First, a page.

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Building your own instrumentation


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I've been doing a little work project lately using products from Yoctopuce (http://www.yoctopuce.com/)

I've been using their Yoctoknob (for a non PPG related application) which essentially measures resistance in real time across 5 circuits.

I can only vouch for the Yoctoknob, which does what it says on the tin. I can also vouch for the API which is top notch and a doddle to use. The guy I have been dealing with there (Marcus) has been really helpful with any little questions I might have.

They have a range of other sensors, relays, actuators, as well as some little screens, that, along with a Raspberry Pi a little battery and a little box to stick it all in, would lend itself well to building (and coding) your own custom instruments to do whatever you want them to.

The Yocto-Meteo sensor is of interest (temperature, air pressure and humidity) (http://www.yoctopuce.com/EN/products/us ... octo-meteo) as is the thermocoupling sensor http://www.yoctopuce.com/EN/products/us ... ermocouple (CHT, EGT?).

I also wonder if the servo controller could have some interesting applications in conjunction with the other sensors.

Finally, the screens look pretty snazzy.

http://www.yoctopuce.com/EN/products/ca ... b-displays

Anyway, if you are interested in coding up some solutions or whatever, I'd recommend checking them out.

Unfortunately my nerd credentials are much better than my (non existent) spanner credentials, so, doing tricky things with engine management would be beyond my skill range, however, if someone has something they want to do, I'd be quite happy to help with the code.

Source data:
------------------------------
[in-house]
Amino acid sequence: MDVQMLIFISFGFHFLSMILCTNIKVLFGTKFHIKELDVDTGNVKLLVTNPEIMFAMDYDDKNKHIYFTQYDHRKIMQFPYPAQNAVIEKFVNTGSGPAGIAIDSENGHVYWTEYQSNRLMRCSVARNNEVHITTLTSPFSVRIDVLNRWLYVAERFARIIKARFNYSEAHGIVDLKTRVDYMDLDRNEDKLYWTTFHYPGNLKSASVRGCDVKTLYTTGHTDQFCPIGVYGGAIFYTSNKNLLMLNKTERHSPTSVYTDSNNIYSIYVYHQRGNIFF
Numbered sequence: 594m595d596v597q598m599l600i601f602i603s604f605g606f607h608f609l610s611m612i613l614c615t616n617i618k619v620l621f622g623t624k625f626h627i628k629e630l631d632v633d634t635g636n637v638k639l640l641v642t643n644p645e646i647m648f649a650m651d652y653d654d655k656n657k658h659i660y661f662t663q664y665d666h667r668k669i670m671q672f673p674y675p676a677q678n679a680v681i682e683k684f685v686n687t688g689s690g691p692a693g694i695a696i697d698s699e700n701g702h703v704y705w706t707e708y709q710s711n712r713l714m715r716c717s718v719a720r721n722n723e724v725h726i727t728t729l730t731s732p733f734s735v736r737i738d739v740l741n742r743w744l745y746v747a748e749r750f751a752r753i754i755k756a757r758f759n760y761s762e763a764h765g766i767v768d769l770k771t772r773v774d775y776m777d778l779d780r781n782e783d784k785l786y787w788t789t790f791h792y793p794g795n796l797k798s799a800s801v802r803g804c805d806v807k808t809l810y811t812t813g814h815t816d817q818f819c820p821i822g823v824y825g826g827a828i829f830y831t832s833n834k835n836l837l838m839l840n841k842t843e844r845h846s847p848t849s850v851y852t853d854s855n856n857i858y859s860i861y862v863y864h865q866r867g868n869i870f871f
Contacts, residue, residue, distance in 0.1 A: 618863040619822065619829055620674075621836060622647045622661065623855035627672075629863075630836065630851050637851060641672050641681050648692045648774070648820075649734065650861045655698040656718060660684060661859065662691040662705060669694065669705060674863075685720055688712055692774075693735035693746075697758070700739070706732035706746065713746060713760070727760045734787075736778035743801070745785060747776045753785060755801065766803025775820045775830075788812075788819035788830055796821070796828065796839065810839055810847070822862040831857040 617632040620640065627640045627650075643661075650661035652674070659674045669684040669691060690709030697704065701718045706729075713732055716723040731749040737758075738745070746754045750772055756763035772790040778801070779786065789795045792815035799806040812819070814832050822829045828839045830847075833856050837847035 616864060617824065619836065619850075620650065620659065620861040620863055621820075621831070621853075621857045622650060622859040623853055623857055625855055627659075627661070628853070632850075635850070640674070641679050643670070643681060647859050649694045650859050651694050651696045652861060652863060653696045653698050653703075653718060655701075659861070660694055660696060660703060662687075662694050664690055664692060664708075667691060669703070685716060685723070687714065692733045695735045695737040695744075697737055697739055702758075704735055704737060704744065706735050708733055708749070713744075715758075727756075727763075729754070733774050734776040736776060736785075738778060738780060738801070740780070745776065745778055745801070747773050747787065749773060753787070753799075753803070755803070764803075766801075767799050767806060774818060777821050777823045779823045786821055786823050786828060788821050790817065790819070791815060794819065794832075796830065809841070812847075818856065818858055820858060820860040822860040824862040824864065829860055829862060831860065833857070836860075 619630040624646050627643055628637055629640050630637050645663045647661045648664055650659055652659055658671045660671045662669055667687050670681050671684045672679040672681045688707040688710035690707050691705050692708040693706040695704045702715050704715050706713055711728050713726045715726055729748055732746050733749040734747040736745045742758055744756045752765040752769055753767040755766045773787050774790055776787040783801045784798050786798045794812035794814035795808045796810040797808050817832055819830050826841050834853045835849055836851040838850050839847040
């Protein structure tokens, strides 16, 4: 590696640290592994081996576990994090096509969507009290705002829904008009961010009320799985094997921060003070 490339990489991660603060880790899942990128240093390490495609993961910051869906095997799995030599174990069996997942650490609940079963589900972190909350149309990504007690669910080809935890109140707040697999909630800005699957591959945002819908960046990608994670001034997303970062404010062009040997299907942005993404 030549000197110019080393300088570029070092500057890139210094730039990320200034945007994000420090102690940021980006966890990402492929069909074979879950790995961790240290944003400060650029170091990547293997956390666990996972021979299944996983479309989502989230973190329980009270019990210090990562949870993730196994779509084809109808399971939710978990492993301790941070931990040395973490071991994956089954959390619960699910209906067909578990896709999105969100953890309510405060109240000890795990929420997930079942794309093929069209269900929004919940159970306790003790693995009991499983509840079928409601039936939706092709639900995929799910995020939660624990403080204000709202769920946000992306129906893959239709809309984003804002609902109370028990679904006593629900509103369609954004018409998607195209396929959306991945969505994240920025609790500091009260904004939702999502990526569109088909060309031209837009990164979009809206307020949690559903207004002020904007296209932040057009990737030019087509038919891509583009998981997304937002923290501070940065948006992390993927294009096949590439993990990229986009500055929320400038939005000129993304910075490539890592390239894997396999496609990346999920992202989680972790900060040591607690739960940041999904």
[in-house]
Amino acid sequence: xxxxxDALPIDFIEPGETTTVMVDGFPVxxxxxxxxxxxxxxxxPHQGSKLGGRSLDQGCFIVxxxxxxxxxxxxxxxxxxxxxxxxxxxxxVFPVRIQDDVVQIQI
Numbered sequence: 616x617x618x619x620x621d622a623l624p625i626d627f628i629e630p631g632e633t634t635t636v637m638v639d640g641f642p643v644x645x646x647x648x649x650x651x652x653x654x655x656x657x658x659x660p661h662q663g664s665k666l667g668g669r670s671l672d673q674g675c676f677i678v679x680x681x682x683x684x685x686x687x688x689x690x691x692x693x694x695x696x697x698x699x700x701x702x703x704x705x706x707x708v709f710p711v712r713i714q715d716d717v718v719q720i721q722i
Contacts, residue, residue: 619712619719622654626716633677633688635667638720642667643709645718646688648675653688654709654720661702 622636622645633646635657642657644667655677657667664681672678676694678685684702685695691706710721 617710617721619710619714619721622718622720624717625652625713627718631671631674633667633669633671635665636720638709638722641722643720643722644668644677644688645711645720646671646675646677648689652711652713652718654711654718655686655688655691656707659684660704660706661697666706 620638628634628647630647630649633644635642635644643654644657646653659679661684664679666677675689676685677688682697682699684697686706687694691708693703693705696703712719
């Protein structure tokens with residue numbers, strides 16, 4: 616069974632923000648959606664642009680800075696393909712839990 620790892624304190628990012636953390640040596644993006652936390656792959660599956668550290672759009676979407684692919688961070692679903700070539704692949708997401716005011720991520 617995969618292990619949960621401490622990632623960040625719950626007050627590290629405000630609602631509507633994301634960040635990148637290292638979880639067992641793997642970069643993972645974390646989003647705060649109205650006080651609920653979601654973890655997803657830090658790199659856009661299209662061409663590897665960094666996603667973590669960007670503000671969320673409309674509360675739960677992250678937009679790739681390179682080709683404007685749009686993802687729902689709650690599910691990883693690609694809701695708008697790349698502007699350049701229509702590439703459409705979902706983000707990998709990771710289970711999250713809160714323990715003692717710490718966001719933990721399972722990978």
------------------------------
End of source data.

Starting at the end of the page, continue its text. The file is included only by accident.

I don't think this would be much good for pure instruments that already exist, because it just isn't cheap enough (1 CHF = 70p). For example, a Vario would be easy to make, but would cost more (and depending on your packaging skills, less robust) than an off the shelf one. If you wanted a vario that did something different based on, EGT for example, then, this would be a great way to do it fairly cheaply.

Seeing this stuff, it makes you realize how cheap off the shelf equipment (sometimes) really is!

I also can't vouch for this stuff's robustness, although, no moving parts, so I can't see why it wouldn't be fine.



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The Raspberry Pi is interesting in that it is a very small (credit card sized), very cheap (< £30) low powered computer (has roughly the same processing grunt as an iPhone 3G if I recall correctly).

What's worth remembering is this is more than enough processing power to run lots of things. One of them would for example, easily power this forum including the webserver, network connectivity, and back end database.

It isn't difficult to see how one could strap one onto one's paramotor and have it doing realtime analysis of the information coming in from various sensors. It could also easily log all the information for later collection, and of course present it via one of the displays above, or on any display that take HDMI input (like your HD TV or computer monitor - the latter maybe with an adapter). If you had a 'proper' display the power requirements would likely escalate a fair bit, but the rest of the system would run on the sniff of an empty battery.

I forgot to mention in my first post that if anyone is thinking of buying this stuff, be warned.. I didn't really think of it, but Switzerland is part of Schengen and free movement and whatnot, but not part of the EU. This means that you might get hit by the tax man on incoming post (same as buying from the US for example). When I bought maybe £50 worth of stuff to be delivered to me here in Sweden, the taxman got me for about another 300 SEK (£30) - ouch!

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Another interesting gadget for the electronically inclined is the IOIO http://ioio.media.mit.edu/node/5

This is a simple interface that allows an android device to connect to a variety of inputs and outputs.

Cost of the IOIO is similar to the Raspberry Pi, but an android can be had for considerably less money than an equivalent touch screen display + power source + array of sensors (GPS, accelerometers etc.).

I've not been deep into this, but it's got to be worth a look if it makes the functionality of an android available to play with.

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